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Suppose I have these two routes

<camelContext> 
    <route>
        <from ref="incoming" />
        <!-- some processors -->
        <inOnly ref="outgoing" />
    </route>

    <route>
        <from ref="outgoing" />
        <!-- some processors -->
        <inOnly ref="finish" />
    </route>
</camelContext>

In the real context they are JMS queues which is fine. But I want to test that the routing is correct so I changed JMS components in the testContext.xml to:

incoming -> direct
outgoing -> mock
finish -> mock

I want those inOnly queues to be mocks so I can test them for the number of messages. The problem is that a mock queue cannot work as an input queue in the second route. How can I fix this?

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Feels less like a JUnit test and more like an integration test to me. –  duffymo Aug 30 '12 at 14:33
1  

2 Answers 2

up vote 1 down vote accepted

I usually embedd an ActiveMQ broker when doing automated integration JUnit tests with Camel and JMS.

I would also consider a simpler scenario where you have "outgoing" as a seda endpoint. Then you would only have to check the "finish" mock endpoint for messages, and you know the entire route works. For more complicated routing scenarios, it takes a bit of thinking to cover it in JUnit tests, if you should do it at all.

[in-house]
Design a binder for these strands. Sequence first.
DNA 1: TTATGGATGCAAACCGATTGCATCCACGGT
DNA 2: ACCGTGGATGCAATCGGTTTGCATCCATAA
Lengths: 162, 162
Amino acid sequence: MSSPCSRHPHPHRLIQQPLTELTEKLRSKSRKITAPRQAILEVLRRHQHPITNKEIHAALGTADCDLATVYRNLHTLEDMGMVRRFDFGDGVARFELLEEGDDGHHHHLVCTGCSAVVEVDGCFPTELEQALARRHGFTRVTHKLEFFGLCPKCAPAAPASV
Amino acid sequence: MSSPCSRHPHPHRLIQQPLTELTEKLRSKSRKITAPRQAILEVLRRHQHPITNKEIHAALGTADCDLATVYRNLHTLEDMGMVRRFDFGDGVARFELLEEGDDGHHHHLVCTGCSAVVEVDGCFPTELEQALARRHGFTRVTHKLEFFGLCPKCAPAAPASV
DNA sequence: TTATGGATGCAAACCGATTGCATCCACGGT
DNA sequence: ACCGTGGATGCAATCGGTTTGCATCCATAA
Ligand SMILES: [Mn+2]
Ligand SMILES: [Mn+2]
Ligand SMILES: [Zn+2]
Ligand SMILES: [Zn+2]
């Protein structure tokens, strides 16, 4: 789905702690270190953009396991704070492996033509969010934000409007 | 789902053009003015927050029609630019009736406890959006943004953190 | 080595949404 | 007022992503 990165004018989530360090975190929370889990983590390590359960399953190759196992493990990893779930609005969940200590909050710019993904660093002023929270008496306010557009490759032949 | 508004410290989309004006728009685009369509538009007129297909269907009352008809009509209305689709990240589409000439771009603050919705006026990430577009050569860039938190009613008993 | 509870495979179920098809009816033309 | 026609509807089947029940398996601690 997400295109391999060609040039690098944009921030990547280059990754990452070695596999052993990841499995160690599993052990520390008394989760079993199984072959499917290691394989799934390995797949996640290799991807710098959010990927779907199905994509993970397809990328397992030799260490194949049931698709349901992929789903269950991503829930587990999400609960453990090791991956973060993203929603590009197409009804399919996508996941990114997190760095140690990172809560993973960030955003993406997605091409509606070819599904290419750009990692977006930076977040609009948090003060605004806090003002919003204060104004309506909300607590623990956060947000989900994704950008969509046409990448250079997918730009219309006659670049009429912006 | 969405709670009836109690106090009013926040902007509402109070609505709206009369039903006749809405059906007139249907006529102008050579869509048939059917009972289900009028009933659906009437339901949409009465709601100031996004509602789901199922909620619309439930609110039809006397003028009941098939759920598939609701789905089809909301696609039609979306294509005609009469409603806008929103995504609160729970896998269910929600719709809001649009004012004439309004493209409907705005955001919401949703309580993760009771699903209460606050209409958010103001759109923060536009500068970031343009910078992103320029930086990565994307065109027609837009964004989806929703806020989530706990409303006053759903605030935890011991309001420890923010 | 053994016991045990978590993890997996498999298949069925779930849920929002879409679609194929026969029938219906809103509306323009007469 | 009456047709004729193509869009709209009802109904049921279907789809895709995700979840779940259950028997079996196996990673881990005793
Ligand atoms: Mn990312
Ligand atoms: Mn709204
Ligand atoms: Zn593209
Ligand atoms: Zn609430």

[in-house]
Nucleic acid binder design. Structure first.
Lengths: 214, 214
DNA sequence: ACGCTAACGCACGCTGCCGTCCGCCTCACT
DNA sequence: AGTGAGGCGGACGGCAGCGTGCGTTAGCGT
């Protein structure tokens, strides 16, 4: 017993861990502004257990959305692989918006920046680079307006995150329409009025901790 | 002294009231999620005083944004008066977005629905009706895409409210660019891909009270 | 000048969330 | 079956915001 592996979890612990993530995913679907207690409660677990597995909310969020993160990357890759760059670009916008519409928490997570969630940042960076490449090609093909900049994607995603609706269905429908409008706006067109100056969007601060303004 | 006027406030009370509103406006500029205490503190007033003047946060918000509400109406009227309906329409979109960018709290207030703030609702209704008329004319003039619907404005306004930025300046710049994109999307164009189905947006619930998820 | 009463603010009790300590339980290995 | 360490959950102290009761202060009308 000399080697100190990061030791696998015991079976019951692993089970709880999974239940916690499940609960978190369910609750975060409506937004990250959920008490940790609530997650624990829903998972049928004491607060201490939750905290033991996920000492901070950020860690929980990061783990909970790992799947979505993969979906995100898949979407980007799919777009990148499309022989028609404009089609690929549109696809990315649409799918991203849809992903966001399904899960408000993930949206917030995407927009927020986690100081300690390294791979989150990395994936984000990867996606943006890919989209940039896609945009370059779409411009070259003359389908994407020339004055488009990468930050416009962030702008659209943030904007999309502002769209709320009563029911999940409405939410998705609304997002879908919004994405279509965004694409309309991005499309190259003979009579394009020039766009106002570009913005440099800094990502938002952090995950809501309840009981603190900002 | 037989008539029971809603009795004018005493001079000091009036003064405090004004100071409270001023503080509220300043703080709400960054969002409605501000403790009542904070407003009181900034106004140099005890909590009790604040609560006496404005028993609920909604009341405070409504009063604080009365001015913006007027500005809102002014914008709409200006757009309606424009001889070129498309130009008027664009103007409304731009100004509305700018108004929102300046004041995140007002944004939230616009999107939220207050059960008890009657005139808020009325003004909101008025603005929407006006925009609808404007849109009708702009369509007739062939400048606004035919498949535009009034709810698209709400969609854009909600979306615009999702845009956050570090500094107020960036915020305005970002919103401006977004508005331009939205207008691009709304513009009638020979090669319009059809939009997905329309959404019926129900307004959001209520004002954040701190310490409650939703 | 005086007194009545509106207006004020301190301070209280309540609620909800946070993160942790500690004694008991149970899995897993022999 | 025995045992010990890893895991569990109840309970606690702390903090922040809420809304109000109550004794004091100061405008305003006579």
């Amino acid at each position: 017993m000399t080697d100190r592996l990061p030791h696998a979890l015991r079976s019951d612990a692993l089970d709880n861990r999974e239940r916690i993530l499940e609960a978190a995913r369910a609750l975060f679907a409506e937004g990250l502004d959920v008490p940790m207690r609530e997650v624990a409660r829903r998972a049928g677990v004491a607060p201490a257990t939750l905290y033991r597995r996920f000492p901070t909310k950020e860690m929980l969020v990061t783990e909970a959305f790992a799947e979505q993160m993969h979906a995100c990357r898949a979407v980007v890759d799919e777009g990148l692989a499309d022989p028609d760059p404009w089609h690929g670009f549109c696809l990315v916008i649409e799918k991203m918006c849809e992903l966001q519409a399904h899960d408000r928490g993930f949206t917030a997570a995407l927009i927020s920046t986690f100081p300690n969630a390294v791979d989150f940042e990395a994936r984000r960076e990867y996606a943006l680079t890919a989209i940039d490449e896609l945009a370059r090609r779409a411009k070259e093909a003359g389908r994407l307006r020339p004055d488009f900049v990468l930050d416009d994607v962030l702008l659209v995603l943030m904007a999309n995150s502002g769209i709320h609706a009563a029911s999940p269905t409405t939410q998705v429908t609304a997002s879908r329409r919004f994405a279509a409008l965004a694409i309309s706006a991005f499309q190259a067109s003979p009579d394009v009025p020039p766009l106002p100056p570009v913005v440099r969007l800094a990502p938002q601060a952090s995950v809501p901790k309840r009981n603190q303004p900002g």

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It's not an integration test. I just want to check messages in two places - between the routes and at the end. But using mock:outgoing does not work (for some reason it can't be in the <from>)... –  Tomas Aug 31 '12 at 8:52
1  
Okay, you really want to mock the middle one as well. That is actually described in code and text here: camel.apache.org/mock.html#Mock-Mockingexistingendpoints Using the "adviceWith" concept. I think that is describe except for direct instead of JMS queues. –  Petter Nordlander Aug 31 '12 at 14:04

You can use the stub component instead of JMS etc. Its the seda/vm queues under the hood, so you can send and consume messages from it http://camel.apache.org/stub

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